Summer blockbusters may be reeling in the big bucks, but it’s Latinos who have proven their power at the box office.
The recent Latino-fueled success of films like “Fast & Furious 6” -- which owes almost a third of its earnings to Hispanics -- has piqued Hollywood’s interest in this rapidly growing audience, and they’re not alone. After more than a decade of tracking down movie scoops for the entertainment fansite Latino-Review.com, Umberto “El Mayimbe” González, 39, has launched Mayimbe Media to serve Latino moviegoers by producing, acquiring, and distributing original Latino-themed content.
The Dominican-American founder and chairman of the startup plans to kick-off the film project by producing “Breakneck,” a “Bourne in the barrio” action thriller set in New York City. Ahead of the movie’s launch at Comic Con, González spoke to The Huffington Post about the inspiration and mission behind Mayimbe Media and “Breakneck.”
HuffPo: Why did you decide to create Mayimbe Media? Where did the idea to produce, acquire, and distribute original content come from?
Umberto: We [Latino-Review.com] are a fan based site and we see that Latinos are seeing movies like "The Fast & The Furious," "Mama," and "The Purge." We like horror, we like genre thrillers. We don’t necessarily need another biopic about a dead Salsa singer or a dead labor leader. We want to go to the movies on weekends after a tough week of work and escape our lives and see cinema.
A lot of Latinos end up giving away their movies to [production] companies for no minimum guarantee because it’s the only option they have and that’s where I saw the opportunity. It doesn’t have to be the only option they have. I have an acquisition background, [so by] having my finger on the pulse and having relationships with agencies I can not only create content to monetize but also buy content to distribute as well. My inspiration is Harvey Weinstein (co-founder of Miramax), he started with one movie and he built his library one movie at a time
HP: I know that one of your mantras in this project is, “If our images aren’t defined by us, they will be defined for us.” So how will Mayimbe Media “define” or portray Latinos?
Umberto: That’s a good question. Heroic for sure -- that’s number one -- not stereotypical, real positive portrayals of Latinos. When was the last time you saw a Latino actor in a non-Latino movie be the hero, the guy who saves the day, the guy who gets the girl, the guy who stops the bad guys? You don’t really see that, what you see is the Latino helping the hero out with his journey, driving him where he needs to be.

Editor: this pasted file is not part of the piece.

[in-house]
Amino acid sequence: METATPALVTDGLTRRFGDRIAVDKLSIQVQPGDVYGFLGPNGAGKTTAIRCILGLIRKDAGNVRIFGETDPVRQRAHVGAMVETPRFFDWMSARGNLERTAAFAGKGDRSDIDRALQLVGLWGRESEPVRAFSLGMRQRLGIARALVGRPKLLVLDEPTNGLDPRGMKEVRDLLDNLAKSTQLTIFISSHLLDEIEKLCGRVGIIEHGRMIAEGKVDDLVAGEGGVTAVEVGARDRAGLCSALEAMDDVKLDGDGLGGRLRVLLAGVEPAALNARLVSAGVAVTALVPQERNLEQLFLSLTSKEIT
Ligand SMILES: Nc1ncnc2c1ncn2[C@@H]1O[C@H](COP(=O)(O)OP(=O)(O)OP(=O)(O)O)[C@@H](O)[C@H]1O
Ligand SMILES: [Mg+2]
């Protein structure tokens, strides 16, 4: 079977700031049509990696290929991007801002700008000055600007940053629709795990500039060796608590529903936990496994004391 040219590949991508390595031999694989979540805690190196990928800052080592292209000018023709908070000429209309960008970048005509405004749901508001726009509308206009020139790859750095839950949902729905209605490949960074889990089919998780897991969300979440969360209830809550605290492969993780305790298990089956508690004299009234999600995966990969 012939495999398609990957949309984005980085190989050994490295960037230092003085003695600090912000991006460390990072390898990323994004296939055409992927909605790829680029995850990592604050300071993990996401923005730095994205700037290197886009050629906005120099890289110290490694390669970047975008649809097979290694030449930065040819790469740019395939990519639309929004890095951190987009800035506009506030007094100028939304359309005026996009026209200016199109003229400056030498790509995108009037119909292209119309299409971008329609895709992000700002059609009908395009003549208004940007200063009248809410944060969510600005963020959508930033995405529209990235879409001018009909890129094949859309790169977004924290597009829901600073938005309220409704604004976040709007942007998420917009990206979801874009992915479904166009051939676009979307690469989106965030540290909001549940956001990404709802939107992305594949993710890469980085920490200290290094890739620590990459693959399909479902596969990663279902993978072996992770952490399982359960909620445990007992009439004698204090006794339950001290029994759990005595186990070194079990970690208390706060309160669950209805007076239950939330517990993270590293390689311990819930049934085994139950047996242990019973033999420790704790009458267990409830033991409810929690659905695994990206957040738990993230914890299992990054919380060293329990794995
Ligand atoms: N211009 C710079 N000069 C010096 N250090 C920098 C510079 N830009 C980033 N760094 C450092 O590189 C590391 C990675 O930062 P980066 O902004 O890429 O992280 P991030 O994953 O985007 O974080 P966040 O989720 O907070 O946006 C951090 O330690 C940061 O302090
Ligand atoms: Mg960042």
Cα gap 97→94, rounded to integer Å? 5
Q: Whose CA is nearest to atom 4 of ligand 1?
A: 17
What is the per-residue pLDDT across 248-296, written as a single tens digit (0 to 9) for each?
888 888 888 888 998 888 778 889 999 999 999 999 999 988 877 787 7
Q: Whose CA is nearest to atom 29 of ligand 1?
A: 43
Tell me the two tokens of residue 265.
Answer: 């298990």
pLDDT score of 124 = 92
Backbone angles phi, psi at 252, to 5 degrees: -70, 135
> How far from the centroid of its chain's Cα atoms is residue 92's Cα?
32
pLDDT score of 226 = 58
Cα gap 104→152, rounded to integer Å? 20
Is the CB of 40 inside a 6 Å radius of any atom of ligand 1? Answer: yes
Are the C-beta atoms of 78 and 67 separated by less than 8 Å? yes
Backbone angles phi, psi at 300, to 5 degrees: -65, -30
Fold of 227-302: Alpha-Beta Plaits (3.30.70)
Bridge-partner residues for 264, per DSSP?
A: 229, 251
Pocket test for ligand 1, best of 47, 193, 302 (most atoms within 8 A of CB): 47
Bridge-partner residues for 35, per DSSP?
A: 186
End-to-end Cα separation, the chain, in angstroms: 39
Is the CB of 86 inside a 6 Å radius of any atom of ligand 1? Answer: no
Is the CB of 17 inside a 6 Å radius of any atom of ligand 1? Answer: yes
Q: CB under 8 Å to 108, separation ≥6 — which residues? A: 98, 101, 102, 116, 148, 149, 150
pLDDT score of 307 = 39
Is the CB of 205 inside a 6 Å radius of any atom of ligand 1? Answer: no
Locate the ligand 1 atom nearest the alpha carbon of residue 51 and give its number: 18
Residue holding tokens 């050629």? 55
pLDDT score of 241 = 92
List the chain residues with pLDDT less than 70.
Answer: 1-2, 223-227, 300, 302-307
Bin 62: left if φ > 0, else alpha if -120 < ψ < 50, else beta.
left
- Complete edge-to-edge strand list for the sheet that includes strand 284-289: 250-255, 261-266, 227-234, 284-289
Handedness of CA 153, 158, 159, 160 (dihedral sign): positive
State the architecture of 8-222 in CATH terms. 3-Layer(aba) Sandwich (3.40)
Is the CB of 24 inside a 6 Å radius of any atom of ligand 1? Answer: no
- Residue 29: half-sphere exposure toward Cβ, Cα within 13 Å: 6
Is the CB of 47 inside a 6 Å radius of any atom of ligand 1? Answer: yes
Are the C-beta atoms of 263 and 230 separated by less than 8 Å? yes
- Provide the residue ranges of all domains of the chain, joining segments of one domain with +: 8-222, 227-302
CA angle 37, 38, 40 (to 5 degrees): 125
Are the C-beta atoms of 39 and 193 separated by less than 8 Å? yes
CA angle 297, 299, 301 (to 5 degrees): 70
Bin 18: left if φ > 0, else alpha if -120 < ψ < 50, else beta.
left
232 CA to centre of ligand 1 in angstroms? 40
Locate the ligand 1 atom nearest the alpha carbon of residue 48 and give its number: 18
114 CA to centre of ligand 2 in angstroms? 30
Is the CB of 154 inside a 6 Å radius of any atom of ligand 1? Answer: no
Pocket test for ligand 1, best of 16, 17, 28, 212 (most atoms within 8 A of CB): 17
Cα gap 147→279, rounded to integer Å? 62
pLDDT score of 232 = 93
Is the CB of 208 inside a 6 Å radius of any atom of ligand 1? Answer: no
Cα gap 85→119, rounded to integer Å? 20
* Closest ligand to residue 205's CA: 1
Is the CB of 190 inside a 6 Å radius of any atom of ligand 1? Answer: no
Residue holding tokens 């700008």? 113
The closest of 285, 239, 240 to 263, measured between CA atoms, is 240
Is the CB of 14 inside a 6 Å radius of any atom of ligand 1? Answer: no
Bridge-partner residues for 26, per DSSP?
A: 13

HP: I know that in the past you’ve differentiated between Latinos in the English-language market and those in the Spanish-language market. In fact, you’ve said that Latino-themed movies in English shouldn’t be marketed on Spanish-language television at all. Can you elaborate?
Umberto: Basically first, second, and third generation of English-dominant Latinos avoid Univision and Telemundo like the plague because it’s not our culture. The studios think ‘oh let’s put an ad for "Fast & The Furious" on Univision during Don Francisco [but] that’s a waste of money. I don’t know any young person who is English dominant and grew up liking Hip-Hop, Rock-n-Roll that watches Univision or Telemundo. They’re watching English-language programming.
HP: Mayimbe Media’s first film will be the action thriller “Breakneck,” which you’ve described as ‘Bourne in the barrio.’ Can you tell us more about the film?
Umberto: It’s about a bodega clerk who has to go on the run from the cops and a military contractor in New York City. His friend -- think Edward Snowden -- works for a private military contractor and witnessed video evidence of the murder of a journalist that was about to expose his company. So the guy leaves with the incriminating information on the USB drive and gives it to his friend who is our hero being pursued by this very ruthless private military contractor.
I just wanted to see an action movie in the barrio, and not one of those Latin gang movies that you see take place in these neighborhoods. I wanted to make a spy movie in the barrio with a Latino hero... So basically [we’re] looking at the Black Ops in this country and combining it with a Latin element, making a cultural film at first that turns into an action movie.
HP: Production for “Breakneck” will be begin in August, but you're planning to introduce the film at Latino-Review’s "Kings of Con" event at Comic Con in San Diego (July 18-21). Why did you choose to do it at Comic Con?
Umberto: I’m not trying to make movies just for Latinos, but for the masses as well...Comic Con is the biggest pop culture event in the country and we’re taking a Latino film over to Comic Con to launch. It’s never been done before. We’re going to be the first. So we’re not making some cultural movie that’s shown in Universities, we’re making something that contains popular culture and is accessible to all audiences, not only Latinos... The strategy for Mayimbe Media is the same that we’ve done on Latino-Review, keep our perspective uniquely Latin but our appeal widely universal. That’s the sweet spot.
Check out the concept sizzle reel for "Breakneck" above and more information on funding and production on the movie's Indiegogo profile.